Not a tick box exercise: LGBTQ+ women and multiple disadvantage

While there is abundant evidence of the ethnic, gender and age make-up of people in contact with the criminal justice system, very little data exists on people from LGBTQ+ communities. What we do know, however, is that LGBTQ+ people are disproportionately impacted by multiple disadvantages such as homelessness, mental-ill health, trauma, discrimination or problematic substance use – which are known to be driving factors of offending.

In this two-part article, co-written with three lived experience members from our Women’s Forum, we explore what it’s like being an LGBTQ+ woman in the ‘revolving door’ of crisis and crime.

The impact of multiple disadvantage

It is unclear exactly how many LGBTQ+ people come into contact with the police, are in prison, or under probation supervision. Looking at statistics on the proportion of LGBTQ+ people in prison, it is fair to assume that they are disproportionately represented at every step of the criminal justice system. LGBTQ+ identifying women make up 22% of women in prison, which is almost eight times more than the general UK population. A much smaller proportion of men – 5% – identify as LGBTQ+ in prison, although this figure is likely to be underestimated due to the prevalence of homophobia and hypermasculine culture in prison. 

We know that the discrimination and marginalisation that LGBTQ+ communities continue to face are strong prerequisites to physical and mental health inequalities, homelessness, and problematic alcohol and substance use.

Yet mainstream services fail to understand the profoundly unique barriers that LGBTQ+ people face and, in fact, often exacerbate these.

One of us reported that being open about her identity with social services and other support agencies often felt like a tick box exercise,

Being the L in LGBTQ+ made me more vulnerable to trauma, and homelessness, many times throughout my life.

or even made her vulnerable to various forms of abuse – such as verbal discrimination or mistreatment from caregivers.

Over half of LGBTQ+ young people have faced some form of discrimination or harassment while accessing services such as housing. Worrying numbers of LGBTQ+ people report having experienced some form of unequal treatment from healthcare staff because of their identity (5%), witnessed discriminatory or negative remarks by staff (one in four), even being pressured to access services to question their sexual orientation when accessing healthcare services (5%).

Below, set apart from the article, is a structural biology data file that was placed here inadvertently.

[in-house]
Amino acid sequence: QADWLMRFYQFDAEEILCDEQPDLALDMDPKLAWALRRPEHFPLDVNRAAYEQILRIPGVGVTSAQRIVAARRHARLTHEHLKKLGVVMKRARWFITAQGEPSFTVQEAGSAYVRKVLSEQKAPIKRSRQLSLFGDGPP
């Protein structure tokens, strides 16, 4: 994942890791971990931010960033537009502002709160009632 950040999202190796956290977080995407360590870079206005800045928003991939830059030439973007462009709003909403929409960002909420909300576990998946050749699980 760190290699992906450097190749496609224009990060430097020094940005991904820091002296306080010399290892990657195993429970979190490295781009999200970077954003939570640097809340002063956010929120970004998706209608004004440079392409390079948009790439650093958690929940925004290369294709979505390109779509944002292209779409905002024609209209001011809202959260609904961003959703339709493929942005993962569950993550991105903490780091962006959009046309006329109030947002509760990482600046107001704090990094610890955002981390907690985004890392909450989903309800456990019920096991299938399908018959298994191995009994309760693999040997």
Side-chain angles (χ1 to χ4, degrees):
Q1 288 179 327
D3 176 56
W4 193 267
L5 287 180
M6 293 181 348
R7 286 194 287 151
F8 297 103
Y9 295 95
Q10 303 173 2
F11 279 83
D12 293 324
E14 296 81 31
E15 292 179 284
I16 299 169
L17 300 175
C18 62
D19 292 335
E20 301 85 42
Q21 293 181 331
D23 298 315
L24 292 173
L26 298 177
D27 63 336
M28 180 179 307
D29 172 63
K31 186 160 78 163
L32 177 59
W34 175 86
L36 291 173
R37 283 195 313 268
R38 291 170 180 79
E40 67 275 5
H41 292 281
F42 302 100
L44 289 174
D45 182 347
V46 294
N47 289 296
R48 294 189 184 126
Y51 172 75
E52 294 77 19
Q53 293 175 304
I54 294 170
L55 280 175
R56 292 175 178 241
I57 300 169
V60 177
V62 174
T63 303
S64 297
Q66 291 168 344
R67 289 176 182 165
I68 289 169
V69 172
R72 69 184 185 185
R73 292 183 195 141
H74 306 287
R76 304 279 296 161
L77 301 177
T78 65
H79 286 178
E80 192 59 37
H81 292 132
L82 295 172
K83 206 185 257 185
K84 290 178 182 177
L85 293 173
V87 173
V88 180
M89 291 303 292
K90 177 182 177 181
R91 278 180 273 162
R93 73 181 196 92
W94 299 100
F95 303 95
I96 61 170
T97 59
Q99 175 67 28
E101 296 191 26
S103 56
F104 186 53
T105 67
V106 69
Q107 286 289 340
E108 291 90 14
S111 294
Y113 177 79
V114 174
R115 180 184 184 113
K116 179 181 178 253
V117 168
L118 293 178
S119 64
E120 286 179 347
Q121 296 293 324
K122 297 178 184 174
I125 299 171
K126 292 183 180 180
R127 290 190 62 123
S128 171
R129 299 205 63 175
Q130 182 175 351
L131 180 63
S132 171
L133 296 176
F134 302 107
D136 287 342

Taking an intersectional lens

The burden of discrimination is even more profound for LGBTQ+ women from racially minoritised communities, who can experience rejection on grounds of their sexuality or race both within and outside their communities. The helplessness and isolation resulting from this has a pervasive, and lasting impact.

One of us shared how coming out as a lesbian at work was met by verbal abuse and open discrimination. The lack of appropriate response and support left her with no other choice but to leave the job which, together with the rejection she faced from her ethnic community, led to depression and exacerbated existing trauma. Pulled into homelessness and problematic substance use, she was subjected to further abuse because of her identity. Yet, she was never signposted to any organisation that was familiar with LGBTQ+ needs. She was never able to find support that addressed and understood the specific, intersectional issues that a Black lesbian could experience, compounding identity issues, shame and self-hatred.

Being LGBTQ+ by itself… Is that a thing… No matter how you slice it, I’m a black woman first.

The complexity of intersectional discrimination, and its interconnectedness with multiple disadvantage means that the needs of LGBTQ+ people are routinely overlooked. While services supporting people with multiple disadvantage often fail to provide tailored interventions to LGBTQ+ communities, LGBTQ+ run organisations do not generally have the resources to address the intricacy of multiple disadvantage. This can, in turn, have a lasting ripple effect that leads people into a revolving door of crisis and crime.

In the second part of this blog, we will discuss issues of representation and bias against LGBTQ+ people within the criminal justice system, and what is needed to rebuild trust.

Revolving Doors is committed to representing the diversity of voices that experience contact with the criminal justice system. We thank Eden Rose, Aly and River for sharing their experiences and ideas with such honesty and passion. We will continue our efforts to make our membership more diverse and shed a light on marginalised communities in the revolving door every month of the year – and invite anyone from the LGBTQ+ community who wants to help us break the cycle of crisis and crime to get in touch.